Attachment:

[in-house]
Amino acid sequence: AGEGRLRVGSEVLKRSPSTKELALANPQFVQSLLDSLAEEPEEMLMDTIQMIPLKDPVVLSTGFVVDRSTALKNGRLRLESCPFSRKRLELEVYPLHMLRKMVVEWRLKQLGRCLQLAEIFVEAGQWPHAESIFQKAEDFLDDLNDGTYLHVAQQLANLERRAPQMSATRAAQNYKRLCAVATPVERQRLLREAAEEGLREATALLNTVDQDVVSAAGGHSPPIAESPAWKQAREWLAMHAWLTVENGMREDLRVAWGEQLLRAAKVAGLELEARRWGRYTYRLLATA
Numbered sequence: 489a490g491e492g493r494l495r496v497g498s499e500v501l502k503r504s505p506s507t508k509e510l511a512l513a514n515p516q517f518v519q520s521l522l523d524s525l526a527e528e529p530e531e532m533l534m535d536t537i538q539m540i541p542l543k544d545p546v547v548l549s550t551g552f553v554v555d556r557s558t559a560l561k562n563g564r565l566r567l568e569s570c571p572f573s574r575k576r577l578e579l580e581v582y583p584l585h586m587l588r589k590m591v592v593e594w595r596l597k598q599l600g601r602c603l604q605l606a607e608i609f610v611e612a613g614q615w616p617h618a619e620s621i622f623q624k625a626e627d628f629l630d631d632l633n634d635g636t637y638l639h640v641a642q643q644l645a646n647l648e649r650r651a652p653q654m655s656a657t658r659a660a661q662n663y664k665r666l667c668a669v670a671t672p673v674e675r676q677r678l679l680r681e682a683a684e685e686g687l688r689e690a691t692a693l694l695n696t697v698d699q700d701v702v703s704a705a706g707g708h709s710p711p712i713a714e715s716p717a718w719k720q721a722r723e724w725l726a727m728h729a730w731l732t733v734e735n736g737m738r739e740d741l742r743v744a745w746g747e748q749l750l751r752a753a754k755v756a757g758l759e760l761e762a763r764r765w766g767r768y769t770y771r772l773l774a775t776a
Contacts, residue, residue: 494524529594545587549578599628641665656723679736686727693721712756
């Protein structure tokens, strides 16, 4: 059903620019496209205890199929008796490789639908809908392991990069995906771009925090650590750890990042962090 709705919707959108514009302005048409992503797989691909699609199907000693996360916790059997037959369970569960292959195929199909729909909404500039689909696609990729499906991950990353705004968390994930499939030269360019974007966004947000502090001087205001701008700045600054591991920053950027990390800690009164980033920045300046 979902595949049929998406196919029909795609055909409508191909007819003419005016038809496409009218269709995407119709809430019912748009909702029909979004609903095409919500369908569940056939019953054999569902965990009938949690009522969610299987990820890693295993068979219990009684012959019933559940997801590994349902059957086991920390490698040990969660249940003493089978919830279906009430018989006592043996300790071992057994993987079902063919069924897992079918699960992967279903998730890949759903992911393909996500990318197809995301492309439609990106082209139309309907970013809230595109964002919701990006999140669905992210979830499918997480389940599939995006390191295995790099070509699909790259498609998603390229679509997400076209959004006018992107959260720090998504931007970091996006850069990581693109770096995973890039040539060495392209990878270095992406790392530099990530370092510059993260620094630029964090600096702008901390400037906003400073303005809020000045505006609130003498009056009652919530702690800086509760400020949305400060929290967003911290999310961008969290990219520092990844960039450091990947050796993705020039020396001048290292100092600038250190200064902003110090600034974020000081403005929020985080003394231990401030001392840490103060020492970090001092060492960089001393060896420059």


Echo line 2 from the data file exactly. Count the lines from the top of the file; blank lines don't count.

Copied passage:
Amino acid sequence: AGEGRLRVGSEVLKRSPSTKELALANPQFVQSLLDSLAEEPEEMLMDTIQMIPLKDPVVLSTGFVVDRSTALKNGRLRLESCPFSRKRLELEVYPLHMLRKMVVEWRLKQLGRCLQLAEIFVEAGQWPHAESIFQKAEDFLDDLNDGTYLHVAQQLANLERRAPQMSATRAAQNYKRLCAVATPVERQRLLREAAEEGLREATALLNTVDQDVVSAAGGHSPPIAESPAWKQAREWLAMHAWLTVENGMREDLRVAWGEQLLRAAKVAGLELEARRWGRYTYRLLATA